Resorting to American Carnage
The author is a Washington correspondentof the JoongAng Ilbo.
With four months left until the U.S. Presidential election on November 3, I asked people in Washington about their prospects. Most of them refrained from sharing their views.
But indicators show that incumbent President Donald Trump is likely to lose, with opinion polls predicting his defeat. According to Real Clear Politics’ analysis of seven polls conducted from June 22 to 30, Democratic presidential candidate Joe Biden received a 49.6 percent rating, 8.7 percent ahead of Trump’s 40.9 percent. In two polls conducted by Monmouth University and USA Today, Biden was surpassing Trump by 12 percent — Biden with 53 percent and Trump 41 percent.
Covid-19 is an important factor. The Trump administration praised an economic boom as his biggest accomplishment, but the epidemic made it look shabby. Since March, 48.4 million U.S. citizens claimed unemployment benefits. Some returned to work, but tens of millions of people are still worried about feeding their families. The meal distribution centers still have long lines. Hungry voters are not likely to vote for the current administration.
While conditions are unfavorable for Trump, experts cannot say for sure that he will lose. Trump has history of defeating Democratic candidate Hillary Clinton in 2016, although he was weak in the polls. While Trump lost when looking at the total number of votes, he won more electoral votes. While some experts make predictions, most practice wishful thinking.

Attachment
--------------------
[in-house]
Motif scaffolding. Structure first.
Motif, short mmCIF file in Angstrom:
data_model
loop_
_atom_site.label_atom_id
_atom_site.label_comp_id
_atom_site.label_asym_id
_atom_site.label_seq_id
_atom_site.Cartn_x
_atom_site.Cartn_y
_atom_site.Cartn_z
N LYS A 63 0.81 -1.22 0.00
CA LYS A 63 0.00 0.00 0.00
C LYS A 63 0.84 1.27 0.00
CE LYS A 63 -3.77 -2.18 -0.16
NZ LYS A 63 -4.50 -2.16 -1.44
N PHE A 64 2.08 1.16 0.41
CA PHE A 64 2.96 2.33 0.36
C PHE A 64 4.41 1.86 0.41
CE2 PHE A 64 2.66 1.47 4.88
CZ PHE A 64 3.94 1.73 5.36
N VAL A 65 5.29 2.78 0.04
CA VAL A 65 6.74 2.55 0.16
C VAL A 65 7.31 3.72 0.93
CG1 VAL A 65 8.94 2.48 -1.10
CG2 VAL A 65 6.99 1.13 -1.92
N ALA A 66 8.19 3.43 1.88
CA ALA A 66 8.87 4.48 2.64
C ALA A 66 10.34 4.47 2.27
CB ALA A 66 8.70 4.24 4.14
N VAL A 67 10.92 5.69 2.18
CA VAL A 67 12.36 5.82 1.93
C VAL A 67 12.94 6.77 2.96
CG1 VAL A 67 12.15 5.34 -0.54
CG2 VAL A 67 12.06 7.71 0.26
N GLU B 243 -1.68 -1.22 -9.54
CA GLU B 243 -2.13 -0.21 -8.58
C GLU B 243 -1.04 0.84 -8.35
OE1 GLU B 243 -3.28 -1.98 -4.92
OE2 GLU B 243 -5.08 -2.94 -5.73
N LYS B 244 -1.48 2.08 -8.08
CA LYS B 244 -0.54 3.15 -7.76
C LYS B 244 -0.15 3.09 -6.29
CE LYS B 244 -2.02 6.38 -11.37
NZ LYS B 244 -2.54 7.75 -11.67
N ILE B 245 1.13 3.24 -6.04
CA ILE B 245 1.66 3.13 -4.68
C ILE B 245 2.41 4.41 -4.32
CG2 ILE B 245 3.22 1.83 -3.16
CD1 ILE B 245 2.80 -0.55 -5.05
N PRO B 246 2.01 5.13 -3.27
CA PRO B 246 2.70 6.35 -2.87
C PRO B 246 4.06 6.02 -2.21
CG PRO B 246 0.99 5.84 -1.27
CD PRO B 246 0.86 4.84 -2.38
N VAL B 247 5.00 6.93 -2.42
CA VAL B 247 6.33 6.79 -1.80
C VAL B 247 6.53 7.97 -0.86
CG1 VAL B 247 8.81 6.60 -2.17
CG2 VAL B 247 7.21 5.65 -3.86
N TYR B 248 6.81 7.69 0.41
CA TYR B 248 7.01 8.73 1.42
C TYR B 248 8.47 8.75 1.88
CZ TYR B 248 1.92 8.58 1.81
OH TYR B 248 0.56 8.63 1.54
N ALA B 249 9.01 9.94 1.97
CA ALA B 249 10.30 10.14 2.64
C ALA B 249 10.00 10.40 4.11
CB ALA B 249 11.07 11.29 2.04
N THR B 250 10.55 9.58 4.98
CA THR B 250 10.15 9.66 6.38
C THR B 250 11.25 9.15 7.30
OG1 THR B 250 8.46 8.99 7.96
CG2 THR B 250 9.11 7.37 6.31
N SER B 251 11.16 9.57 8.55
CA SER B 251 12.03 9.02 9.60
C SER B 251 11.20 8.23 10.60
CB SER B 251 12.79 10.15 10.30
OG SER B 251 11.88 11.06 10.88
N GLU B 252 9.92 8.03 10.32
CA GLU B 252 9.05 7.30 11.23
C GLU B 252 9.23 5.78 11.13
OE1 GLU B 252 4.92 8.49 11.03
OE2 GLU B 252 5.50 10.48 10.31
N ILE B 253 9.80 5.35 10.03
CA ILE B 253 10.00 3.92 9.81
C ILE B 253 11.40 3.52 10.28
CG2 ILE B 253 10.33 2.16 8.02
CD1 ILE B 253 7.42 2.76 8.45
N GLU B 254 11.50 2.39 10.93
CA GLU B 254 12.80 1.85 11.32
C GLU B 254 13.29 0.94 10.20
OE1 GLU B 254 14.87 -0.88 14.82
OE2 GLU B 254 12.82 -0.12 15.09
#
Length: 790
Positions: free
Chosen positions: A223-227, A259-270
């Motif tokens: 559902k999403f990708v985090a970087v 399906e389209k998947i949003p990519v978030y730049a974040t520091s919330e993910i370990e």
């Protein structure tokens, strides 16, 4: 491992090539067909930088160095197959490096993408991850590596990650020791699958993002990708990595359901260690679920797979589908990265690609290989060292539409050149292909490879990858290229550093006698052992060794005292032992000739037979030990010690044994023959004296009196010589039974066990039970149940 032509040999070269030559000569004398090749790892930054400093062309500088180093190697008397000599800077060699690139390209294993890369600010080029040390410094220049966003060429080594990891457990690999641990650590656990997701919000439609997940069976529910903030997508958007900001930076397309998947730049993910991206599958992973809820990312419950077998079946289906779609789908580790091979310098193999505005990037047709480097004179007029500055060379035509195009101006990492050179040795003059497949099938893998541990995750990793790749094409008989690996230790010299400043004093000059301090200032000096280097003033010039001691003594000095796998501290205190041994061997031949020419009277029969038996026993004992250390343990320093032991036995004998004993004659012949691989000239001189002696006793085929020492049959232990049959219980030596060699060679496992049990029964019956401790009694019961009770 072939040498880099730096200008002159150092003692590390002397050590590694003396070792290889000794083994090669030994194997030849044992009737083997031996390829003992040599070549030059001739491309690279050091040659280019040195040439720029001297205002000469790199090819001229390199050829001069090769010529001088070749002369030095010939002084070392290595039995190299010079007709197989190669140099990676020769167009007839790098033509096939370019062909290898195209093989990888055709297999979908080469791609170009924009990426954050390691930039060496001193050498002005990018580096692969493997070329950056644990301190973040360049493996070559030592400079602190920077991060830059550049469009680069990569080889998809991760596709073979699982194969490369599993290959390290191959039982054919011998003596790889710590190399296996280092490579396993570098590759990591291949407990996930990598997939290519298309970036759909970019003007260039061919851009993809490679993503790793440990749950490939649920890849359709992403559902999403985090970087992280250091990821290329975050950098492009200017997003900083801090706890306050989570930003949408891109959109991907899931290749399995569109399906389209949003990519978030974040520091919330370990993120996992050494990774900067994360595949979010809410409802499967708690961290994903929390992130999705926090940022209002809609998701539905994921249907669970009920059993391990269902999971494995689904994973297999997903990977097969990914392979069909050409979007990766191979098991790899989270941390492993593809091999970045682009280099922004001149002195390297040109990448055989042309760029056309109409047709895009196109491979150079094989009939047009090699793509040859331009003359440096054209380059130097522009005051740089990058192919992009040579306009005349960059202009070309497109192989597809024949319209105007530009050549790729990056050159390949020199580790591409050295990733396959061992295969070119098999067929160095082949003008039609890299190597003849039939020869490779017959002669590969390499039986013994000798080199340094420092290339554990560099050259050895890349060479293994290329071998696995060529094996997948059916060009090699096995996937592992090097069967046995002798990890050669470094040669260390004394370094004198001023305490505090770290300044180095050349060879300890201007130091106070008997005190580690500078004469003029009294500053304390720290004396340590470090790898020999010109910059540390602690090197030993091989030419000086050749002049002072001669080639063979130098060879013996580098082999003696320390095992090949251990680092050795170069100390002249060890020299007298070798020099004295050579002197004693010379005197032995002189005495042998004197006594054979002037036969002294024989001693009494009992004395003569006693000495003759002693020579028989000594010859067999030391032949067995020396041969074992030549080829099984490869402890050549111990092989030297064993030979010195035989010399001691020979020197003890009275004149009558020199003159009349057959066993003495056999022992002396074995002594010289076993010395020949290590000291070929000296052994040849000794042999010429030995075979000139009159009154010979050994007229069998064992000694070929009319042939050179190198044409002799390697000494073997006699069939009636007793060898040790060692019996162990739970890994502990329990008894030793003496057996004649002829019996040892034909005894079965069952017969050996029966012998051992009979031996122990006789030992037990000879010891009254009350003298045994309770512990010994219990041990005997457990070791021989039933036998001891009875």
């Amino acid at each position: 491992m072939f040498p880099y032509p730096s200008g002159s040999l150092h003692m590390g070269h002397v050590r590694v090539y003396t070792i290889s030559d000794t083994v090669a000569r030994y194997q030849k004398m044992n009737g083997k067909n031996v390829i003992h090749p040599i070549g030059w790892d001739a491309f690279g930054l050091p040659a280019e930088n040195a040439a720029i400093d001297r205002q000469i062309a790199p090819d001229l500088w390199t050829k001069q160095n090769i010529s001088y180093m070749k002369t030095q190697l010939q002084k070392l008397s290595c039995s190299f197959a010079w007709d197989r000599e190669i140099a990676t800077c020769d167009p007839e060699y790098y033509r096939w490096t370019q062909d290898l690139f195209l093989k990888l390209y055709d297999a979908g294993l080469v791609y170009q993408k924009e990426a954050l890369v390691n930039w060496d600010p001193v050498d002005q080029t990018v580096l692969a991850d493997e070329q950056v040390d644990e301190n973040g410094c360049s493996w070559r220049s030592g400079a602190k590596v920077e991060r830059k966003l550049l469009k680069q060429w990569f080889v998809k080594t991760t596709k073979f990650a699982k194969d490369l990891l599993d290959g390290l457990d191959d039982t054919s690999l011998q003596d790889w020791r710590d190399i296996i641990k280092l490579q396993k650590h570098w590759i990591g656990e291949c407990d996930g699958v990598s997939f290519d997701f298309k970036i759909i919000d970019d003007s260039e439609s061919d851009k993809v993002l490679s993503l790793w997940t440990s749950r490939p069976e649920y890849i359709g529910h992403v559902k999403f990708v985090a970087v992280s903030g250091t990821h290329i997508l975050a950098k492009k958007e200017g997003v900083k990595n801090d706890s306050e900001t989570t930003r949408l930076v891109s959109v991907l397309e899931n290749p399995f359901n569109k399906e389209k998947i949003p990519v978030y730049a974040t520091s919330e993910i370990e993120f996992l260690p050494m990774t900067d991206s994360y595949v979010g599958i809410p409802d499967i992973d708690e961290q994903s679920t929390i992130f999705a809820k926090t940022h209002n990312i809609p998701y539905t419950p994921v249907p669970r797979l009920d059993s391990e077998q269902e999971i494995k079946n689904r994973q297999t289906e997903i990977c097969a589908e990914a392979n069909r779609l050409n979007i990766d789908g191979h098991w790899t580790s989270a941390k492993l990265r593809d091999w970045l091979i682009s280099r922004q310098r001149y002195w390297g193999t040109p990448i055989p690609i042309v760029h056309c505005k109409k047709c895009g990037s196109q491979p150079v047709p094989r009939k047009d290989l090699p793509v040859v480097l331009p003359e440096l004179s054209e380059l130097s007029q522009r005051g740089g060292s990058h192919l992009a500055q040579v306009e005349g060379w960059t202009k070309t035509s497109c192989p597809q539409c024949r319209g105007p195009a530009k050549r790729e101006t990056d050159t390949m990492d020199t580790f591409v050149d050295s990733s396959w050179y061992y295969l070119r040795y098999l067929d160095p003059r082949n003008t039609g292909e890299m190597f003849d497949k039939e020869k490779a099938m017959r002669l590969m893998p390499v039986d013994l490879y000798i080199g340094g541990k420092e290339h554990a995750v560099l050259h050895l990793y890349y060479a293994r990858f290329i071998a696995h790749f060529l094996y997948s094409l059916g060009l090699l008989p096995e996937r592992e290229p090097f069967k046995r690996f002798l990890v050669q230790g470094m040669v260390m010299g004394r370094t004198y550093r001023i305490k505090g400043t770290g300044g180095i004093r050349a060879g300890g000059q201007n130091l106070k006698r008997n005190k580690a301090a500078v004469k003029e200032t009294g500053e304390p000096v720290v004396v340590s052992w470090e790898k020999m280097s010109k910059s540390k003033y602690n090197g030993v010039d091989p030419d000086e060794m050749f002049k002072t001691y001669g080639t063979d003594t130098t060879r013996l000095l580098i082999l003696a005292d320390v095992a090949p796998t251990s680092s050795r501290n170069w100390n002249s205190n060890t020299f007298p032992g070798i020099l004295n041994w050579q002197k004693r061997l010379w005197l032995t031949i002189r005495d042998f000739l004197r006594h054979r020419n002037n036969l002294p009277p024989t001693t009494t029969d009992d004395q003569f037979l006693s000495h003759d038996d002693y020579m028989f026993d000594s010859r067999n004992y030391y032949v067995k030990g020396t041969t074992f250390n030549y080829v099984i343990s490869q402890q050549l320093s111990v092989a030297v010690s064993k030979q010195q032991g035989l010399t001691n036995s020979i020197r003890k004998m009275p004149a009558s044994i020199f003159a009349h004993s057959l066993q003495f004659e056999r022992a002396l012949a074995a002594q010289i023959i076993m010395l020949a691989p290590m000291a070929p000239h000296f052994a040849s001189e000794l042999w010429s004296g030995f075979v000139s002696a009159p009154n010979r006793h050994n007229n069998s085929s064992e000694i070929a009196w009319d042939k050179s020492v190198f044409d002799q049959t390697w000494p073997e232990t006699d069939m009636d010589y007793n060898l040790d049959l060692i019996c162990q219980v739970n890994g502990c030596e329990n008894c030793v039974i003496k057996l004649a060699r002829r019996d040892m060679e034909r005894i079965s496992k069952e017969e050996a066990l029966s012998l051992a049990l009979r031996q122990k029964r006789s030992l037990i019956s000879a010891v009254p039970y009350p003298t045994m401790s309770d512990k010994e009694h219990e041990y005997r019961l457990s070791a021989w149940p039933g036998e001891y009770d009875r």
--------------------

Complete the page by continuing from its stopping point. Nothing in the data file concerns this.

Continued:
There are two obstacles for Trump’s reelection: a second wave of Covid-19 and growing protests on racial discrimination. Trump thinks he knows how to win. He took out the familiar weapon he had used in 2016 — American carnage.
He rallied supporters by claiming that foreign looters committed carnage by taking away jobs from Americans, committing crimes, urging businesses to relocate abroad and engaging U.S. forces in wars faraway. The trade war with China, walls on the Mexican border and withdrawal of U.S. forces stationed abroad all originate from this idea.
Now, Trump has added his opponents to the groups committing carnage. Denouncing the “radical left” in his Independence Day speech, he said, “We will never allow an angry mob to tear down our statutes, erase our history, indoctrinate our children or trample our freedoms.”
The fate of the world depends on whether his tunes turn out to be a bygone song or a hit cover that becomes more popular than the original version.